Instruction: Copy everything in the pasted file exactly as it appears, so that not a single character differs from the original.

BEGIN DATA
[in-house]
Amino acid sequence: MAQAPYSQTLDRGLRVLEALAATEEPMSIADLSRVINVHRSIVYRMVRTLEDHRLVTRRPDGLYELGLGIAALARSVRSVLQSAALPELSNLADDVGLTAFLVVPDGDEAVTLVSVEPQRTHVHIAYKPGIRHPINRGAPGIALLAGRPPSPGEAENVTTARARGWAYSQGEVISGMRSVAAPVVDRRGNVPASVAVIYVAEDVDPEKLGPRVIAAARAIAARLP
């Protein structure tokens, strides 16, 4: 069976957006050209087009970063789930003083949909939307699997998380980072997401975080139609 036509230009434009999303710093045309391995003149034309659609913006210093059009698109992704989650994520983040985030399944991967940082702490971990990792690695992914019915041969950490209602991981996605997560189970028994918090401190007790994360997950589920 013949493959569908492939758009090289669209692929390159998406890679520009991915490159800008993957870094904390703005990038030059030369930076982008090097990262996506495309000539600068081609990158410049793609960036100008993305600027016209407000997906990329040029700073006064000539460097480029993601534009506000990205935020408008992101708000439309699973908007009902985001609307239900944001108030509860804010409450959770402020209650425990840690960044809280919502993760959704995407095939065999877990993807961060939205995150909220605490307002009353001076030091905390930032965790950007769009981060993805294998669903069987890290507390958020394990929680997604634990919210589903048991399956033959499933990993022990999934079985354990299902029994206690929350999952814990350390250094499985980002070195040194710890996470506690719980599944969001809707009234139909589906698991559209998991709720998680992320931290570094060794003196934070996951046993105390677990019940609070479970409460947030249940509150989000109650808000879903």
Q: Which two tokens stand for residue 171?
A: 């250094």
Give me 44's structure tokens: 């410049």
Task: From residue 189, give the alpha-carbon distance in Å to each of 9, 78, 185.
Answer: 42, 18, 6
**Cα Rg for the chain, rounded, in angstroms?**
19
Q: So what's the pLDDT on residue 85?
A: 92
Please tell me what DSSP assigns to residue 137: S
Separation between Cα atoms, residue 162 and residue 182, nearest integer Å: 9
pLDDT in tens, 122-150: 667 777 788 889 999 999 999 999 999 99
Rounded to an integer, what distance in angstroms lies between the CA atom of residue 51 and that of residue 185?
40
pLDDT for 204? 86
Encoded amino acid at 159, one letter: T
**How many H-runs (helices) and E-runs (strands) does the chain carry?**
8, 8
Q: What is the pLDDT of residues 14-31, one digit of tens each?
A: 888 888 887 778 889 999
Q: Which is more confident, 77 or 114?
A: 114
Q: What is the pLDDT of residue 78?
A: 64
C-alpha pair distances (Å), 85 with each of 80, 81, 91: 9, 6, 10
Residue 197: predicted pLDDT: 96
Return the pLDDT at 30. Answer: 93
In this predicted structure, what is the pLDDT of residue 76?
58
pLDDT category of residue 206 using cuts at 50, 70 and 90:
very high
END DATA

[in-house]
Amino acid sequence: MAQAPYSQTLDRGLRVLEALAATEEPMSIADLSRVINVHRSIVYRMVRTLEDHRLVTRRPDGLYELGLGIAALARSVRSVLQSAALPELSNLADDVGLTAFLVVPDGDEAVTLVSVEPQRTHVHIAYKPGIRHPINRGAPGIALLAGRPPSPGEAENVTTARARGWAYSQGEVISGMRSVAAPVVDRRGNVPASVAVIYVAEDVDPEKLGPRVIAAARAIAARLP
């Protein structure tokens, strides 16, 4: 069976957006050209087009970063789930003083949909939307699997998380980072997401975080139609 036509230009434009999303710093045309391995003149034309659609913006210093059009698109992704989650994520983040985030399944991967940082702490971990990792690695992914019915041969950490209602991981996605997560189970028994918090401190007790994360997950589920 013949493959569908492939758009090289669209692929390159998406890679520009991915490159800008993957870094904390703005990038030059030369930076982008090097990262996506495309000539600068081609990158410049793609960036100008993305600027016209407000997906990329040029700073006064000539460097480029993601534009506000990205935020408008992101708000439309699973908007009902985001609307239900944001108030509860804010409450959770402020209650425990840690960044809280919502993760959704995407095939065999877990993807961060939205995150909220605490307002009353001076030091905390930032965790950007769009981060993805294998669903069987890290507390958020394990929680997604634990919210589903048991399956033959499933990993022990999934079985354990299902029994206690929350999952814990350390250094499985980002070195040194710890996470506690719980599944969001809707009234139909589906698991559209998991709720998680992320931290570094060794003196934070996951046993105390677990019940609070479970409460947030249940509150989000109650808000879903």
Q: Which two tokens stand for residue 171?
A: 């250094």
Give me 44's structure tokens: 């410049």
Task: From residue 189, give the alpha-carbon distance in Å to each of 9, 78, 185.
Answer: 42, 18, 6
**Cα Rg for the chain, rounded, in angstroms?**
19
Q: So what's the pLDDT on residue 85?
A: 92
Please tell me what DSSP assigns to residue 137: S
Separation between Cα atoms, residue 162 and residue 182, nearest integer Å: 9
pLDDT in tens, 122-150: 667 777 788 889 999 999 999 999 999 99
Rounded to an integer, what distance in angstroms lies between the CA atom of residue 51 and that of residue 185?
40
pLDDT for 204? 86
Encoded amino acid at 159, one letter: T
**How many H-runs (helices) and E-runs (strands) does the chain carry?**
8, 8
Q: What is the pLDDT of residues 14-31, one digit of tens each?
A: 888 888 887 778 889 999
Q: Which is more confident, 77 or 114?
A: 114
Q: What is the pLDDT of residue 78?
A: 64
C-alpha pair distances (Å), 85 with each of 80, 81, 91: 9, 6, 10
Residue 197: predicted pLDDT: 96
Return the pLDDT at 30. Answer: 93
In this predicted structure, what is the pLDDT of residue 76?
58
pLDDT category of residue 206 using cuts at 50, 70 and 90:
very high